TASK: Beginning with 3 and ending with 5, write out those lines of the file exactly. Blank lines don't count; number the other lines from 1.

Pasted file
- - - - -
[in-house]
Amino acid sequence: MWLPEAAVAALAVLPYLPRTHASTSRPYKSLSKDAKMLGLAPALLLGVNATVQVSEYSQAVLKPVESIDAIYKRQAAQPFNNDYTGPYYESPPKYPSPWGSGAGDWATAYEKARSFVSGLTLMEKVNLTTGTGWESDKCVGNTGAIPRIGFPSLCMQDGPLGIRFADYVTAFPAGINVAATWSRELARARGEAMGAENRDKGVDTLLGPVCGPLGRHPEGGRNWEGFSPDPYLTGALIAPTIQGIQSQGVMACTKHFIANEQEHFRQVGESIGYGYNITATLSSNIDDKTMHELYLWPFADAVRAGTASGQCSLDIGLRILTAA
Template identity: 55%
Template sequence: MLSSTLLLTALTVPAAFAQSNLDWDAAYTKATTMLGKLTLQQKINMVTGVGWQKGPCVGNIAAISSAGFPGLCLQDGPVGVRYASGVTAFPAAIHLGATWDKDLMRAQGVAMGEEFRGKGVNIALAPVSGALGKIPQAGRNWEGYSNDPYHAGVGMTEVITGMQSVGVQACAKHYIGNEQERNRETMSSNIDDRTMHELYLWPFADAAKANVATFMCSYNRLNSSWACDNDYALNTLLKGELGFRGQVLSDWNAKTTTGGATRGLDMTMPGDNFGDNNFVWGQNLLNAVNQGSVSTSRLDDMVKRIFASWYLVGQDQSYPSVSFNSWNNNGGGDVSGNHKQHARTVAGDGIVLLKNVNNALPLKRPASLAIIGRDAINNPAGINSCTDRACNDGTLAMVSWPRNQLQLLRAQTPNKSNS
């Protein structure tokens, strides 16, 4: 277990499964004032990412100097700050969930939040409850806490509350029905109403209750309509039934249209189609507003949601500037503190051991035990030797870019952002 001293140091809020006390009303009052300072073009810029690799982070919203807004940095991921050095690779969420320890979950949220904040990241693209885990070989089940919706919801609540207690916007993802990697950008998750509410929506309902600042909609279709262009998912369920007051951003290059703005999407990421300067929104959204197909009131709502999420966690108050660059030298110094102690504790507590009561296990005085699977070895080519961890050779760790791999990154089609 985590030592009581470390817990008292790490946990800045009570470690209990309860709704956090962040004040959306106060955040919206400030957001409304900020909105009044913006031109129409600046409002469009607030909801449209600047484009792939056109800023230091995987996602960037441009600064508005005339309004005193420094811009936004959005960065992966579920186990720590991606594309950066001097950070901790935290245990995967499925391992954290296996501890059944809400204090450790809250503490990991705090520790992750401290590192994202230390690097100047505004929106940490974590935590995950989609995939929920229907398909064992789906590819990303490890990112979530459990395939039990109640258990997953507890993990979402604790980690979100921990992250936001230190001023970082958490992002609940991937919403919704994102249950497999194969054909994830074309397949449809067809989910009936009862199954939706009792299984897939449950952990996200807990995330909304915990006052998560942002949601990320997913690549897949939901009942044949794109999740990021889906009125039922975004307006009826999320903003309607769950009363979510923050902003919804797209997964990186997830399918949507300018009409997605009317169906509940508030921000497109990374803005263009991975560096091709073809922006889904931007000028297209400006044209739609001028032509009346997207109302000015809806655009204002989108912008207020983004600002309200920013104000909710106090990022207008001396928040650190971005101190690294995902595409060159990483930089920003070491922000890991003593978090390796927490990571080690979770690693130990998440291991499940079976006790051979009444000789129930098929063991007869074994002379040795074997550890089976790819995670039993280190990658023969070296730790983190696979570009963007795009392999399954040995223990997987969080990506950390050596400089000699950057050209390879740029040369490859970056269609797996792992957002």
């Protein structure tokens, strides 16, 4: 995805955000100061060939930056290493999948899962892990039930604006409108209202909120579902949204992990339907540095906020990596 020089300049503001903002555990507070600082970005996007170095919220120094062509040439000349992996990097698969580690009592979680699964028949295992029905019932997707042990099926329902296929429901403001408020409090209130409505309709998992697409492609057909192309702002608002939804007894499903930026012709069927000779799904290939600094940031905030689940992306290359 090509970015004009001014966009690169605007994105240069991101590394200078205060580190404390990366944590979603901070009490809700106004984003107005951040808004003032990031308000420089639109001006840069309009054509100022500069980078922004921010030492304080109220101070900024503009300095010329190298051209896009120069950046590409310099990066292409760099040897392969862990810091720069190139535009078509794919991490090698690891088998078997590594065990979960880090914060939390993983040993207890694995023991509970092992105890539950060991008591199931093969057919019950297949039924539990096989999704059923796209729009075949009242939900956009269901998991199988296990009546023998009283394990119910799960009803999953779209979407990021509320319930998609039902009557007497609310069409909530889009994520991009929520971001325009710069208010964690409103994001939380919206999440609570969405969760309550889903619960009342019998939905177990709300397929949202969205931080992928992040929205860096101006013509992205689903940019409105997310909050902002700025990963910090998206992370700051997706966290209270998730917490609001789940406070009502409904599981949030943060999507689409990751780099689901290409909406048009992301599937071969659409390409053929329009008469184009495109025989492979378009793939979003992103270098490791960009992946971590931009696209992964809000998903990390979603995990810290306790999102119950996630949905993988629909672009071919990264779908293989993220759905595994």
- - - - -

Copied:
Template identity: 55%
Template sequence: MLSSTLLLTALTVPAAFAQSNLDWDAAYTKATTMLGKLTLQQKINMVTGVGWQKGPCVGNIAAISSAGFPGLCLQDGPVGVRYASGVTAFPAAIHLGATWDKDLMRAQGVAMGEEFRGKGVNIALAPVSGALGKIPQAGRNWEGYSNDPYHAGVGMTEVITGMQSVGVQACAKHYIGNEQERNRETMSSNIDDRTMHELYLWPFADAAKANVATFMCSYNRLNSSWACDNDYALNTLLKGELGFRGQVLSDWNAKTTTGGATRGLDMTMPGDNFGDNNFVWGQNLLNAVNQGSVSTSRLDDMVKRIFASWYLVGQDQSYPSVSFNSWNNNGGGDVSGNHKQHARTVAGDGIVLLKNVNNALPLKRPASLAIIGRDAINNPAGINSCTDRACNDGTLAMVSWPRNQLQLLRAQTPNKSNS
């Protein structure tokens, strides 16, 4: 277990499964004032990412100097700050969930939040409850806490509350029905109403209750309509039934249209189609507003949601500037503190051991035990030797870019952002 001293140091809020006390009303009052300072073009810029690799982070919203807004940095991921050095690779969420320890979950949220904040990241693209885990070989089940919706919801609540207690916007993802990697950008998750509410929506309902600042909609279709262009998912369920007051951003290059703005999407990421300067929104959204197909009131709502999420966690108050660059030298110094102690504790507590009561296990005085699977070895080519961890050779760790791999990154089609 985590030592009581470390817990008292790490946990800045009570470690209990309860709704956090962040004040959306106060955040919206400030957001409304900020909105009044913006031109129409600046409002469009607030909801449209600047484009792939056109800023230091995987996602960037441009600064508005005339309004005193420094811009936004959005960065992966579920186990720590991606594309950066001097950070901790935290245990995967499925391992954290296996501890059944809400204090450790809250503490990991705090520790992750401290590192994202230390690097100047505004929106940490974590935590995950989609995939929920229907398909064992789906590819990303490890990112979530459990395939039990109640258990997953507890993990979402604790980690979100921990992250936001230190001023970082958490992002609940991937919403919704994102249950497999194969054909994830074309397949449809067809989910009936009862199954939706009792299984897939449950952990996200807990995330909304915990006052998560942002949601990320997913690549897949939901009942044949794109999740990021889906009125039922975004307006009826999320903003309607769950009363979510923050902003919804797209997964990186997830399918949507300018009409997605009317169906509940508030921000497109990374803005263009991975560096091709073809922006889904931007000028297209400006044209739609001028032509009346997207109302000015809806655009204002989108912008207020983004600002309200920013104000909710106090990022207008001396928040650190971005101190690294995902595409060159990483930089920003070491922000890991003593978090390796927490990571080690979770690693130990998440291991499940079976006790051979009444000789129930098929063991007869074994002379040795074997550890089976790819995670039993280190990658023969070296730790983190696979570009963007795009392999399954040995223990997987969080990506950390050596400089000699950057050209390879740029040369490859970056269609797996792992957002």